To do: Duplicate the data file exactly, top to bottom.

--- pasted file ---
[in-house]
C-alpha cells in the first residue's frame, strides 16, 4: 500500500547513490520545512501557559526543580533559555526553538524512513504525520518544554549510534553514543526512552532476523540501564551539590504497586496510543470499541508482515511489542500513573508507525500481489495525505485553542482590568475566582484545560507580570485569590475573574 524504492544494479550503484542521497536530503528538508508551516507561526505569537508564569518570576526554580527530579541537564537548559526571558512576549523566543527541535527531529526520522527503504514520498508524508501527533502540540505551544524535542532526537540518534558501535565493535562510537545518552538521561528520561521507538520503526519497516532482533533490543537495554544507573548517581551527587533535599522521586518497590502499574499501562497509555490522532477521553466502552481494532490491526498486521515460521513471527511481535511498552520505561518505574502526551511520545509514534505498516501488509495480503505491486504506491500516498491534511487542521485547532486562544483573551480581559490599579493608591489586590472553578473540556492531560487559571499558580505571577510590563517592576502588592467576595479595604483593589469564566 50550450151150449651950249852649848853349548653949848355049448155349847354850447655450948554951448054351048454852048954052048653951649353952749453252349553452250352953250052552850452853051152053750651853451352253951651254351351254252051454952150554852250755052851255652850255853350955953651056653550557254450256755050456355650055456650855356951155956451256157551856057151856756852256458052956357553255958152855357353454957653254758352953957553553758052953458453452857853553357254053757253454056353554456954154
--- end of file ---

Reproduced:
[in-house]
C-alpha cells in the first residue's frame, strides 16, 4: 500500500547513490520545512501557559526543580533559555526553538524512513504525520518544554549510534553514543526512552532476523540501564551539590504497586496510543470499541508482515511489542500513573508507525500481489495525505485553542482590568475566582484545560507580570485569590475573574 524504492544494479550503484542521497536530503528538508508551516507561526505569537508564569518570576526554580527530579541537564537548559526571558512576549523566543527541535527531529526520522527503504514520498508524508501527533502540540505551544524535542532526537540518534558501535565493535562510537545518552538521561528520561521507538520503526519497516532482533533490543537495554544507573548517581551527587533535599522521586518497590502499574499501562497509555490522532477521553466502552481494532490491526498486521515460521513471527511481535511498552520505561518505574502526551511520545509514534505498516501488509495480503505491486504506491500516498491534511487542521485547532486562544483573551480581559490599579493608591489586590472553578473540556492531560487559571499558580505571577510590563517592576502588592467576595479595604483593589469564566 50550450151150449651950249852649848853349548653949848355049448155349847354850447655450948554951448054351048454852048954052048653951649353952749453252349553452250352953250052552850452853051152053750651853451352253951651254351351254252051454952150554852250755052851255652850255853350955953651056653550557254450256755050456355650055456650855356951155956451256157551856057151856756852256458052956357553255958152855357353454957653254758352953957553553758052953458453452857853553357254053757253454056353554456954154